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Jake Van Dorn is a businessman from the American heartland who shares strong Calvinist convictions with most of his countrymen. His teenage daughter is missing from her church youth convention trip to California and Van Dorn hires a private investigator to find her. The result of the investigation is his daughter is spotted in a cheap X-rated movie. Van Dorn decides to bring her back personally and during the quest he becomes familiar with the pornographic underworld. Written by
Dragan Antulov <firstname.lastname@example.org>
When Jake has returned to L.A. and fires his detective, he creates a list of establishments to do his own research and that evening and drives around visiting places on his list. The first place he visits has a street number of 739 (visible in frame) but in looking at address detail in the long shot of the list itself, there are no references to a street number of 739 anywhere. See more »
Nobody makes it. Nobody shows it. Nobody sees it. It's like it doesn't even exist.
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Paul Schrader, who wrote and directed this film, also wrote the screenplay for "Taxi Driver"; both films were tips of the hat to the classic western, "The Searchers".
The excellent performances by George C. Scott and Peter Boyle are nowhere more apparent than in the scene where Boyle shows the porno flick starring Scott's daughter; he almost has a sadistic gleam in his eye as George C. Scott grips the arms of the chair and screams, "Turn it off... turn it off!!!".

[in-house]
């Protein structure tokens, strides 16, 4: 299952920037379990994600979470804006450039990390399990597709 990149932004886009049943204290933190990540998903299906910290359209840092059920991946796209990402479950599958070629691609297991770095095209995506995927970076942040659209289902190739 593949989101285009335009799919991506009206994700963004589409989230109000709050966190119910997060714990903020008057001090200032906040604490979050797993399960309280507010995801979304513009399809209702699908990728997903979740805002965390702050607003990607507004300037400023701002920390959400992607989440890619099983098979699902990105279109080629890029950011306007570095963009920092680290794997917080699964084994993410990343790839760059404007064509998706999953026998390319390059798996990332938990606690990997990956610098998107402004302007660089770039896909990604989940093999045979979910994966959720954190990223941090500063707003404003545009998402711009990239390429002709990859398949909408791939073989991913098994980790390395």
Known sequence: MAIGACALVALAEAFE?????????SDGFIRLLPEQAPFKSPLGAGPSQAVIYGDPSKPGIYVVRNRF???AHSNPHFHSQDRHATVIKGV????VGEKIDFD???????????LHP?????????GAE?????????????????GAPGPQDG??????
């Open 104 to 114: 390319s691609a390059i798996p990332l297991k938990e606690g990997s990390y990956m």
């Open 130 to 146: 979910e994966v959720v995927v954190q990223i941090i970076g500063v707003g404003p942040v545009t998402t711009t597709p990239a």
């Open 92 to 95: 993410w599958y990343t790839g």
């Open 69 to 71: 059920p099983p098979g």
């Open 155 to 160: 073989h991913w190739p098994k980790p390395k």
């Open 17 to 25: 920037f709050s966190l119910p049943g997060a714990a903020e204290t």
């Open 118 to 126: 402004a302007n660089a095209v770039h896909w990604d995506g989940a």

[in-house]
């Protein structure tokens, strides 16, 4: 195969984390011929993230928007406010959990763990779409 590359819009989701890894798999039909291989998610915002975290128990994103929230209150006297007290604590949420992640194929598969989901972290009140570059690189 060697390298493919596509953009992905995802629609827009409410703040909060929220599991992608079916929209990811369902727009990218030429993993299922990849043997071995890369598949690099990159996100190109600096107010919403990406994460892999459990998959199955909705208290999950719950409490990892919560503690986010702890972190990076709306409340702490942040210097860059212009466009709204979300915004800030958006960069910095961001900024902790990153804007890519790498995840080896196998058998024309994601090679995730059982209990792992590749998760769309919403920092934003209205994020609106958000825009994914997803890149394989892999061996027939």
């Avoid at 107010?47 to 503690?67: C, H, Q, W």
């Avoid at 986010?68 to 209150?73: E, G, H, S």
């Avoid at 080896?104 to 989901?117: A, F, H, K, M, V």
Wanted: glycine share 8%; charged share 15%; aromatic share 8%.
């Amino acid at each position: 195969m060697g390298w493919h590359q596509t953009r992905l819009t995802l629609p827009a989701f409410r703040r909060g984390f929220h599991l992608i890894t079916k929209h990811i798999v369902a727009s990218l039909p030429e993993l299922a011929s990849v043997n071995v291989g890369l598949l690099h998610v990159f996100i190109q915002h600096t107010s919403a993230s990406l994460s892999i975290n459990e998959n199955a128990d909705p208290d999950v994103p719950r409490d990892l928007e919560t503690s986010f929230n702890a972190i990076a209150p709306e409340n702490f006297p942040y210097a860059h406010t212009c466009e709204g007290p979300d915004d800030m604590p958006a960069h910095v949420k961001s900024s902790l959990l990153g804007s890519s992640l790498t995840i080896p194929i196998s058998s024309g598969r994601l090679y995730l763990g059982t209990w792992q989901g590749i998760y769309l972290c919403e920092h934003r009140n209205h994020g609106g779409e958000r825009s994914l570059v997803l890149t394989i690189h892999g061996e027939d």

Christians who complain that their faith is often ridiculed by Hollywood should see this movie, in spite of its disturbing subject matter. Scott deftly portrays a man whose religious convictions motivate him into risking his life for his daughter's sake. (Ironically, it may be those same convictions which drove his daughter from him in the first place.)
The only real drawback to this movie was that the "snuff film" element was not really necessary to create a sense of urgency. The urgency was captured perfectly in the "turn it off!" scene; there was really no need for a contrived life-or-death situation. Other than that, "Hardcore" is a gritty, brutal and poignant story.
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